The harm done by speech is even worse than the harm done by stealing or by cheating someone financially: money lost can be repaid, but the harm done by speech can never be repaired. For this reason, some sources indicate that there is no forgiveness for lashon ha-ra (disparaging speech). This is probably hyperbole, but it illustrates the seriousness of improper speech. A Chasidic tale vividly illustrates the danger of improper speech: A man went about the community telling malicious lies about the rabbi. Later, he realized the wrong he had done, and began to feel remorse. He went to the rabbi and begged his forgiveness, saying he would do anything he could to make amends. The rabbi told the man, “Take a feather pillow, cut it open, and scatter the feathers to the winds.” The man thought this was a strange request, but it was a simple enough task, and he did it gladly. When he returned to tell the rabbi that he had done it, the rabbi said, “Now, go and gather the feathers. Because you can no more make amends for the damage your words have done than you can recollect the feathers.”

Speech has been compared to an arrow: once the words are released, like an arrow, they cannot be recalled, the harm they do cannot be stopped, and the harm they do cannot always be predicted, for words like arrows often go astray.

http://www.jewfaq.org/speech.htm

If ye do wrang, mak amends.

http://www.inspirationalstories.com/proverbs/haitian-if-ye-do-wrang-mak-amends/

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What is Maturity?

• Knowing myself.
• Asking for help when I need it and acting on my own when I don’t.
• Admitting when I’m wrong and making amends.
• Accepting love from others, even if I’m having a tough time loving myself.
• Recognizing that I always have choices, and taking responsibility for the ones I make.
• Seeing that life is a blessing.
• Having an opinion without insisting that others share it.
• Forgiving myself and others.
• Recognizing my shortcomings and my strengths.
• Having the courage to live one day at a time.
• Acknowledging that my needs are my responsibility.
• Caring for people without having to take care of them.
• Accepting that I’ll never be finished — I’ll always be a work-in-progress.

(from Courage to Change: One Day At a Time in Al-Anon, page 63. Reprinted with permission of Al-Anon Family Group Headquarters, Inc., Virginia Beach, VA)

http://www.creativegrowth.com/qquotes.htm

Disgrace is like the grain of a tree trunk — time makes it bigger instead of erasing it.

JAPANESE

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“It was his subconscious which told him this—that infuriating part of a person’s brain which never responds to interrogation, merely gives little meaningful nudges and then sits humming quietly to itself, saying nothing.”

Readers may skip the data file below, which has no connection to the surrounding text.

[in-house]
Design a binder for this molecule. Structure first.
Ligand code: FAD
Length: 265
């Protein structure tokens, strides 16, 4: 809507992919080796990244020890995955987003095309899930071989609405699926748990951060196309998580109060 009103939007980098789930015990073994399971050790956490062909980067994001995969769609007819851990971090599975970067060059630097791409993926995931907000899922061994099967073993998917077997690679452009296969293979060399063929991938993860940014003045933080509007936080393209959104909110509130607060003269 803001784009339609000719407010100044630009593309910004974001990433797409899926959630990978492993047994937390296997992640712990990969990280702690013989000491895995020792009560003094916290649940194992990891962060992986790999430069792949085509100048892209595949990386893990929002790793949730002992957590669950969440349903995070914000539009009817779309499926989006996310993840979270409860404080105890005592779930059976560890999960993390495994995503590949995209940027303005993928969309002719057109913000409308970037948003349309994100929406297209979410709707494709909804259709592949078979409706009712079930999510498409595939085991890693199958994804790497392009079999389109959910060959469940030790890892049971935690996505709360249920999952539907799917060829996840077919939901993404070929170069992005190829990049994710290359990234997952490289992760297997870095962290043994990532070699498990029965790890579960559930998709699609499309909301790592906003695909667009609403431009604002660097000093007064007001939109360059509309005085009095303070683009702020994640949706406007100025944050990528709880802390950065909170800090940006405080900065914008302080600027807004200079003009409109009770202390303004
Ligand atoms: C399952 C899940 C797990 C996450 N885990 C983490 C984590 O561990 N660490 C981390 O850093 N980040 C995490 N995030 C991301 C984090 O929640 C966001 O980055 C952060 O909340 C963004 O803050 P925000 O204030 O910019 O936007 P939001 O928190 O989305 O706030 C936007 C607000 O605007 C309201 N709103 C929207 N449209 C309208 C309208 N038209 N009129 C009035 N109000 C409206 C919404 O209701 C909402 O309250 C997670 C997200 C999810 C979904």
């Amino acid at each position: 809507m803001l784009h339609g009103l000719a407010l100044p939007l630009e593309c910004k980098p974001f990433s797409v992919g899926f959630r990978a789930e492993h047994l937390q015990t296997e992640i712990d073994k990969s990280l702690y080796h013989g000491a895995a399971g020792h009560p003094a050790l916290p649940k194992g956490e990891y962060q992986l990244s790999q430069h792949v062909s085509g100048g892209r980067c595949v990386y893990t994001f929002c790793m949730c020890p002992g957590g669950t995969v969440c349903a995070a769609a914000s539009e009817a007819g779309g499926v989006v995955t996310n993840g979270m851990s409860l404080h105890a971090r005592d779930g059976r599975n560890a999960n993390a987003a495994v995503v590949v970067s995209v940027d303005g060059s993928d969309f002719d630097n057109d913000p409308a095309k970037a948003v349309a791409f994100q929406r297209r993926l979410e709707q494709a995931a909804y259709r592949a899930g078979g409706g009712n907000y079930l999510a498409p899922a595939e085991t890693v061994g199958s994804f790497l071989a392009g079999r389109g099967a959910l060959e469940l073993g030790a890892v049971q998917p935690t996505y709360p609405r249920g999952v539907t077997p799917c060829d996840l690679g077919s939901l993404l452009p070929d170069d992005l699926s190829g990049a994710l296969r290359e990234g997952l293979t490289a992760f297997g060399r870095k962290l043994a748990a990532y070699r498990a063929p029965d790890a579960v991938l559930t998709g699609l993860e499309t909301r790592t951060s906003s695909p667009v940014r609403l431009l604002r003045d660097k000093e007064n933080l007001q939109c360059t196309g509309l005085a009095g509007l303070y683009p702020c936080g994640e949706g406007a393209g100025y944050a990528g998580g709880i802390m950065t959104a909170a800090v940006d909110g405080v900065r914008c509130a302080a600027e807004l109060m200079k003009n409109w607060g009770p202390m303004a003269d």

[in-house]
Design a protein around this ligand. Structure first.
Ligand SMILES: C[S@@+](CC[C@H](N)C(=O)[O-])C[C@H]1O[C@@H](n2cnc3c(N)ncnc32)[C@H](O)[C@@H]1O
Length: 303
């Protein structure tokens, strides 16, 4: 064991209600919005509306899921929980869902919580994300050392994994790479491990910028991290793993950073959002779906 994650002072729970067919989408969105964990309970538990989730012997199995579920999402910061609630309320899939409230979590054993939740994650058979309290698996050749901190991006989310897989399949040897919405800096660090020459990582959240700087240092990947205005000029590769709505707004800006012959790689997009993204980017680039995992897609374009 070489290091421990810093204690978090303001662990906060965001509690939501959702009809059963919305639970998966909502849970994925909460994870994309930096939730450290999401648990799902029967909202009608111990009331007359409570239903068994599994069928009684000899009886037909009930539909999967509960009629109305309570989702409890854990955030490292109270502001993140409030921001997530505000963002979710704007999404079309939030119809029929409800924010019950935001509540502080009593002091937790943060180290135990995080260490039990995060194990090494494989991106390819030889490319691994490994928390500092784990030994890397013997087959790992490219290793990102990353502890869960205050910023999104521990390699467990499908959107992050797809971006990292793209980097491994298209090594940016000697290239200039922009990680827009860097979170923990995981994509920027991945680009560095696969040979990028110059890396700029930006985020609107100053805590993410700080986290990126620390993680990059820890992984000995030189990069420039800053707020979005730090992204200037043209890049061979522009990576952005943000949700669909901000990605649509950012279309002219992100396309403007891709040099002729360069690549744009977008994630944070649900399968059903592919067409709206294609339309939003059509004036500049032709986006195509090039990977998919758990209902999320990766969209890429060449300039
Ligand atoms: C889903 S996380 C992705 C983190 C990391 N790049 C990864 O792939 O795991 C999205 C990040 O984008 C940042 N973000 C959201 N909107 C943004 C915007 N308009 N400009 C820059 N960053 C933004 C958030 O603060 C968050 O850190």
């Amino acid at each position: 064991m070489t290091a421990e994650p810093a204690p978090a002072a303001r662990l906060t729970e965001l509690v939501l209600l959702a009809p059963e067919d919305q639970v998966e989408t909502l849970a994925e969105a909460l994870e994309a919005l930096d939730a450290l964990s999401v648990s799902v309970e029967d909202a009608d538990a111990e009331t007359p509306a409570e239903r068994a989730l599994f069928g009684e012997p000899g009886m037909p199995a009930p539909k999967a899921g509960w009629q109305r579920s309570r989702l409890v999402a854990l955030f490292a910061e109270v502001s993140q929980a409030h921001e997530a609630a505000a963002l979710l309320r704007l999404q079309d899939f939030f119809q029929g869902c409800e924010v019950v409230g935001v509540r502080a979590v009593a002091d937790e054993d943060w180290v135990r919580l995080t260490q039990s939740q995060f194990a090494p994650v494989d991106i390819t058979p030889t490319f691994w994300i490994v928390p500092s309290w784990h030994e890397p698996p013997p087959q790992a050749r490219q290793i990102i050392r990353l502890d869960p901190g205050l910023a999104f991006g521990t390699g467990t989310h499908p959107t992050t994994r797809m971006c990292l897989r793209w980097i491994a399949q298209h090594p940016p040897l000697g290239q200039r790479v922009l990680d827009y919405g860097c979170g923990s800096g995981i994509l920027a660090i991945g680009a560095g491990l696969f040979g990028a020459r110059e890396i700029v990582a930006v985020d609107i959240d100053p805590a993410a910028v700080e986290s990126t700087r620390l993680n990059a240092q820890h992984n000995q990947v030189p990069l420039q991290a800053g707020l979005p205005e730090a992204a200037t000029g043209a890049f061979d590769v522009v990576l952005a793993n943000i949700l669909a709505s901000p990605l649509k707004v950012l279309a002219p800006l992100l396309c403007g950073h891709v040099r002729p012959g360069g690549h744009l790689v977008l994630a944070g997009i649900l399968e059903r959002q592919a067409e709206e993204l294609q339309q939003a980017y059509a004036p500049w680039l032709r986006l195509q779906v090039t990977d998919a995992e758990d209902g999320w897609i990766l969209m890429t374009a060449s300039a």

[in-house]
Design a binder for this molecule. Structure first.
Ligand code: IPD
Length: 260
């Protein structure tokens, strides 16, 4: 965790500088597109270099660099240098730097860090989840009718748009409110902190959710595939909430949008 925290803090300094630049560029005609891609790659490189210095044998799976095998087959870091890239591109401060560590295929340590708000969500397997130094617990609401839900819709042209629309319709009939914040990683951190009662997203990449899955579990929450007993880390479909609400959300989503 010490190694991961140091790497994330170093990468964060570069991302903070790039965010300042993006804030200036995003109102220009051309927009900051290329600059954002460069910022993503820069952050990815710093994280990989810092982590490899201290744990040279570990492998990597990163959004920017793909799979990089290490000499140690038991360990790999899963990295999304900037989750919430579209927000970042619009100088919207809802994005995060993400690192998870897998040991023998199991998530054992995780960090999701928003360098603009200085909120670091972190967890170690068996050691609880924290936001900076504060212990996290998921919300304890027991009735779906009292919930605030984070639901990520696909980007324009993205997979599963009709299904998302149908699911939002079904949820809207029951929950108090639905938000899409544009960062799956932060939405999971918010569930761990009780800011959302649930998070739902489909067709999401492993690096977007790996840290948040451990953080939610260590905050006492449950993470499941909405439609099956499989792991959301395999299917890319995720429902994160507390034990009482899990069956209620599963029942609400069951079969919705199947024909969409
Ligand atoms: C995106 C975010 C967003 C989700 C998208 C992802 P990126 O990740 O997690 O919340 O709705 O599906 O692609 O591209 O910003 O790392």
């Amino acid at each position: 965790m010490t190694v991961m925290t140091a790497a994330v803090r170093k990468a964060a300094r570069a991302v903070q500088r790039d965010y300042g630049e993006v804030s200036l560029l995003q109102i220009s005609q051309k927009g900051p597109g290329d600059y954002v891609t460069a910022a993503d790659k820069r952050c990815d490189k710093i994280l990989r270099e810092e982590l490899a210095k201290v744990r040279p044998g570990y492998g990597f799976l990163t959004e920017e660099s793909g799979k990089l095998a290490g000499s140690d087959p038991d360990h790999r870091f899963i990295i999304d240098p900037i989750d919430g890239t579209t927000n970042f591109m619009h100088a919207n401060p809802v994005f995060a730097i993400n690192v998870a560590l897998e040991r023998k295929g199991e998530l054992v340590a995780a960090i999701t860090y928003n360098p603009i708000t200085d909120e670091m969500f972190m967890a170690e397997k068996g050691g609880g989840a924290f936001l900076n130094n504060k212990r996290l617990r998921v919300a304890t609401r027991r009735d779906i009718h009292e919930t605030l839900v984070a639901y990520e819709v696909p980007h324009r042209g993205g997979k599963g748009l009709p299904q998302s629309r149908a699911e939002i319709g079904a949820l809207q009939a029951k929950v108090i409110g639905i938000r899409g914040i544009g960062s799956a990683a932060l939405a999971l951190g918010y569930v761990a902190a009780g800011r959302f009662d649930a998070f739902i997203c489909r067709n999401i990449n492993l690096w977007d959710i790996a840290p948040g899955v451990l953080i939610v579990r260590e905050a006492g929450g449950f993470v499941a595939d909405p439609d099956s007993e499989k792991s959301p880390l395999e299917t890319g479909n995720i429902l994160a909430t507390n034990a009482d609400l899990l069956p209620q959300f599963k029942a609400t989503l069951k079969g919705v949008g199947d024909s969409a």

― Douglas Adams, The Long Dark Tea-Time of the Soul

Love is a fire. But whether it is going to warm your heart, or burn down your house, you can never tell.

 

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“Freedom continues to be the thing I prize most in the world. Of course, this has led me to drink wines I did not like, to do things I should not have done and which I will not do again; it has left scars on my body and on my soul, it has meant hurting certain people, although I have since asked their forgiveness, when I realized that I could do absolutely anything except force another person to follow me in my madness, in my lust for life. I don’t regret the painful times; I bear my scars like medals. I know that freedom has a high price, as high as that of slavery; the only difference is that you pay with pleasure and a smile, even when that smile is dimmed by tears.”
― Paulo Coelho, The Zahir

Better to sit all night than to go to bed with a dragon.

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“I do think there’s always a way to put things right. If I didn’t believe that I wouldn’t get out of bed in the morning, I wouldn’t eat breakfast; I wouldn’t leave the TARDIS ever. I would never have left home. There is always something we can do.”

― Paul Magrs, Doctor Who: The Stones of Venice

The biggest challenge after success is shutting up about it. Criss Jami

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“Bear in mind three essential qualities in all games of intellect:– Never to show selfishness or to wound the feelings of your adversary. To be modest with a good game. To lose without ill-temper, and to win without bragging.”

W. Patterson

We build too many walls and not enough bridges. Isaac Newton

http://www.salsa.net/peace/walls/quotes.html

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Learn to be The unmingling River, flowing through the sea Of this World’s brackish waters. Thou too, keep Thy course unbroken ‘mid the briny deep Of all its lures, its lusts and vanity.

"Moral Emblems, with Aphorisms, Adages, and Proverbs, of All Ages and Nations"

foto – twin bridges over the kalang river in nsw

A hundred years of regret pay not a farthing of debt. Fr. Ger.

"Proverbs, Maxims and Phrases of All Ages: Classified Subjectively and Arranged Alphabetically"

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Guard well within yourself that treasure, kindness. Know how to give without hesitation, how to lose without regret, how to acquire without meanness.

George Sand

http://www.researchover.com/quotes/topics/regret/

foto – a cottage on the south coast 2010